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					Mapping Forest Stand Age Using NOAA AVHRR and SPOT VEGETATION Imagery
Quanfa Zhang, Goran Pavlic, Wenjun Chen, and Josef Cihlar
We developed a remote sensing algorithm for mapping forest stand age distribution that accounts for harvesting and the dated fires scars. Stand age of a pixel was determined by its SWVI, a vegetation index derived from SPOT VGT imagery, in comparison with the dated fires. A change indicator, that considered interannual changes in the NDVI from sequential AVHRR imagery, was employed to differentiate areas with lower SWVI values due to biophysical constraints. The stand age products were evaluated using Landsat TM imagery. INTRODUCTION An average of 2 million hectares have been burned and a total of 1 million hectares of forests are harvested every year in Canada. Fire have been documented and remain the dominant stand-replacing disturbance, and harvesting has increasingly become important in shaping the landscape pattern and affecting carbon budget. Evidence indicates that the northern hemisphere is acting as a sink negating the increase of the atmospheric CO2, little is known about its spatial distribution. Such knowledge would be of great interest in estimating regional carbon budget. The objective here was to explore the feasibility of using remote sensing techniques to develop stand age distribution. APPROACHES There were several steps in the procedure (Fig. 1). The SWVI was calculated using the corrected SPOT VGT imagery. SWVI = (NIR – SWIR) / (NIR + SWIR)
Fig. 3. Stand age distribution product

RESULTS Fig. 3 shows the 1998 stand age distribution accounting for stand-replacing disturbances including fires and harvestings, a landscape composed of forest patches in various successional stage. However, the product is not complete, because the remote sensing algorithm could only retrospectively identify disturbed areas less than 40 years of age. In the procedure, only harvesting areas since 1975 were applied because of the saturation of the SWVI. Also, the fire database covers varying time periods for the provinces and territories.

Stand age distribution

Landsat TM

Fire

Logging

Fire

Fig. 5. Visual examination of the stand age product
% pixels dominated by disturbed areas on TM 100 % classified as disturbed areas by TM TM 22/26 Regenerating forests Fire scars 100 TM 22/26
Regenerating forests Fire scars

25

Landsat TM 22/26
Regenerating Forests (n = 1,959) Fire Scars (n = 193) Mature Forests (n = 25,111)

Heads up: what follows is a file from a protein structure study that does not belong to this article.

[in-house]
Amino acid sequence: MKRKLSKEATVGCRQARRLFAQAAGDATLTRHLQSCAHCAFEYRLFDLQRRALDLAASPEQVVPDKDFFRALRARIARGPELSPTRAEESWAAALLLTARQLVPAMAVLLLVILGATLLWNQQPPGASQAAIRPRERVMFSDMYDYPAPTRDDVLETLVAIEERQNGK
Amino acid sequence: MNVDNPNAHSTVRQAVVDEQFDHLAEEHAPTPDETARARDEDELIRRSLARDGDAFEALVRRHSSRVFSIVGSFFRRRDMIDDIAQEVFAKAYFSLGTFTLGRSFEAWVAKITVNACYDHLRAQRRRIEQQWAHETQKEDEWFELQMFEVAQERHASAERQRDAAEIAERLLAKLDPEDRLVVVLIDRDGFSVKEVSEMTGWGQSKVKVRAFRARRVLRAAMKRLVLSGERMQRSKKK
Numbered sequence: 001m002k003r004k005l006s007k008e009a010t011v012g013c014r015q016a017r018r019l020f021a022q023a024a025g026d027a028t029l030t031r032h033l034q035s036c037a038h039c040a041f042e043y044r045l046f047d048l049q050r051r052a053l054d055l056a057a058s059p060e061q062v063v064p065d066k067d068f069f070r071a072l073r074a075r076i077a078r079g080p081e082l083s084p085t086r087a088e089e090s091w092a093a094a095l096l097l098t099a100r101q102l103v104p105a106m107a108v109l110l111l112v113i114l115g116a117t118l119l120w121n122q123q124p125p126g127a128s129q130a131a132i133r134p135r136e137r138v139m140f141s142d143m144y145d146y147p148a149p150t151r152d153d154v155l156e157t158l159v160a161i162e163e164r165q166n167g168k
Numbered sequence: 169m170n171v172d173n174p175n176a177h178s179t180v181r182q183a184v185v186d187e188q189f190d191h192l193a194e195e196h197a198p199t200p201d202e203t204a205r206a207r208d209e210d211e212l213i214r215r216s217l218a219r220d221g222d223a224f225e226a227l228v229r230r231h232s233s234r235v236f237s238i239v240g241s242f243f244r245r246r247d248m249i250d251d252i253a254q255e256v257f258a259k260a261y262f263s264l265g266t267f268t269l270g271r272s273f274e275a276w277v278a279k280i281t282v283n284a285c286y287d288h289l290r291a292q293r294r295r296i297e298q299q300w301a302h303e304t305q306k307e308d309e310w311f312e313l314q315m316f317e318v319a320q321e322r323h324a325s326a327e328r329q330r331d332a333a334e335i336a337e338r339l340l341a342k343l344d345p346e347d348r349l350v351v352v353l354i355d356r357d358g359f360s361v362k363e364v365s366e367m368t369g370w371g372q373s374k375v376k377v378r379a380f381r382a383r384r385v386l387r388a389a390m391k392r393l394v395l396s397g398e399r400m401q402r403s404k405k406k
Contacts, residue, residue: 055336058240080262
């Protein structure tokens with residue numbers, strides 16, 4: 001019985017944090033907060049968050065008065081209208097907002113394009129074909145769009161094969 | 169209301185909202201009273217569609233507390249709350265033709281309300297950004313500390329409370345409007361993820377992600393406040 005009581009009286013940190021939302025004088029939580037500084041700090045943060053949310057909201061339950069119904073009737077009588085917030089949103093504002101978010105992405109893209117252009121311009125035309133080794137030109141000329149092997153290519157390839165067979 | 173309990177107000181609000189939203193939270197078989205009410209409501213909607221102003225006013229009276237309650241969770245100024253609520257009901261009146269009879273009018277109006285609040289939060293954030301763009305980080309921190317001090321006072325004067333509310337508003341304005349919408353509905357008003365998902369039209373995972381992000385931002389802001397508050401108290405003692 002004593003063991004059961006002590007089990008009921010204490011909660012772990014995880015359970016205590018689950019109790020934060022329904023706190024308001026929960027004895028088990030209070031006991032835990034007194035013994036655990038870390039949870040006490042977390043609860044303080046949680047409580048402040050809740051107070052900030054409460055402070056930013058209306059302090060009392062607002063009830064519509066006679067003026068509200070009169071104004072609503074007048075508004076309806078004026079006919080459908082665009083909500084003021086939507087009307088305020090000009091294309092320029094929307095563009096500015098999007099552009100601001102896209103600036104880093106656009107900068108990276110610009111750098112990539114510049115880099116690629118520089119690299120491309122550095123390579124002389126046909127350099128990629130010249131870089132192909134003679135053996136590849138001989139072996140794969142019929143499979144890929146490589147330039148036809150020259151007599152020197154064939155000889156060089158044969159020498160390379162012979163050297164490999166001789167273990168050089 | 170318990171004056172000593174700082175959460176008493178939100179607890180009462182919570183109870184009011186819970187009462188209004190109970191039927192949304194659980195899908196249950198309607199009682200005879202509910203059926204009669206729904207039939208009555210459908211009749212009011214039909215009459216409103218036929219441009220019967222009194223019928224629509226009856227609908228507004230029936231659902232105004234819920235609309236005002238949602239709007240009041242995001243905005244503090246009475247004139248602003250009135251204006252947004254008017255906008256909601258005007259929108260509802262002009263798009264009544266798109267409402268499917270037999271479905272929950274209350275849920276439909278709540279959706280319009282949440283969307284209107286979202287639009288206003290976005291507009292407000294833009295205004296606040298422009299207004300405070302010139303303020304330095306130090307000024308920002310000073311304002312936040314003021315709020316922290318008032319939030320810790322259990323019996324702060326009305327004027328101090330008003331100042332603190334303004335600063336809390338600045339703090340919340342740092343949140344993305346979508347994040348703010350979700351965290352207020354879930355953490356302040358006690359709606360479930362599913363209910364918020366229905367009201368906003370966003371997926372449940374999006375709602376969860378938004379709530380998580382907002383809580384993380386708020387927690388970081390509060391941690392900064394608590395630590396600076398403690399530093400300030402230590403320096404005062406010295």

80

% of the same category (%)

80

20

60

15

60

40

10

20

40

5

EVALUATION The product (Fig. 3) was evaluated using Landsat TM scenes by comparing the difference among the dated fire scars, the detected regenerating forests (i.e., harvesting), and mature forests. Visual examination indicated that both the detected harvestings and the dated fire scars were visible on the Landsat TM imagery (Fig. 4, 5). Fig. 1. Flowchart showing the procedure The relationships between stand age And the SWVI, stratified by ecozone, Were derived from the dated fire scars utilized to determine ages of other pixels,. A change indicator (Fig. 2; Latifovic, 2002),that measured the matching between the seasonal profile of a cluster and the examined pixels, was calculated using the sequential AVHRR imagery (10-day composites Fig. 2. Histogram of the change indicator from April 11 to October 31, 1993-1998). Provincial harvesting statistics were applied for determining its thresholding. Pixels with little change in the NDVI were concluded as non-forests due to biophysical constraints. Fig. 4 SWVI, stand age distribution, and Landsat TM scene (22/26) of Ontario. On average 50% of the detected regenerating forests were classified as disturbed areas, and more than 60% of the pixels were dominated by disturbed areas from the TM interpretation (Fig. 5). The paired-sample t test indicated that there were no significant differences between the detected regenerating forests and the dated fire scars (P>0.20). Histograms of the detected regenerating forests and the dated fire scars from the Landsat TM show similarity: a larger number of the pixels with a high percentage of disturbed areas compared to that of the mature forests.

0 0 5 10 15 20 25 Stand age (yrs) 30 35 40

20 0 5 10 15 20 25 Stand age (yrs) 30 35 40

0 0 20 40 60 80 % of 1km pixel classfied as distured areas by TM (%) 100

Fig. 6 Evaluation of the stand age product using Landsat TM PERSPECTIVES The remote sensing algorithm, i. e., relationships between the SWVI and stand age, can only retrospectively disturbed areas with less than 40 years of age. Thus, incorporation of the conventional forest inventory data is necessary to develop a complete stand age distribution product. The spatial heterogeneity of disturbances and biophysical conditions requires varying strategies for developing the stand age distribution product for different regions. For instance, mapping wildfires is sufficient to determine the forest stand age in the northern region where forests are unproductive. Additionally, fine resolution satellite imagery (e.g., Landsat TM) could be used to address fire intensity and help reduce the large variations of the predictive model (i.e., relationships between the SWVI and stand age).
REFERENCE Fraser, R. H., & Li, Z. (2002). Estimating fire related parameters in boreal forest using SPOT VEGETATION. Remote Sensing of Environment, 82, 95-110. Latifovic, R. (2002). Assessing cumulative environmental impact of large scale surface mining: Effects on temporal and spatial variability in land cover distribution and vegetation growth in Athabaska Oil Sand Region, Special subject GM62157, Faculte des sciences et de genie, University Laval. Quebec, Canada.


				
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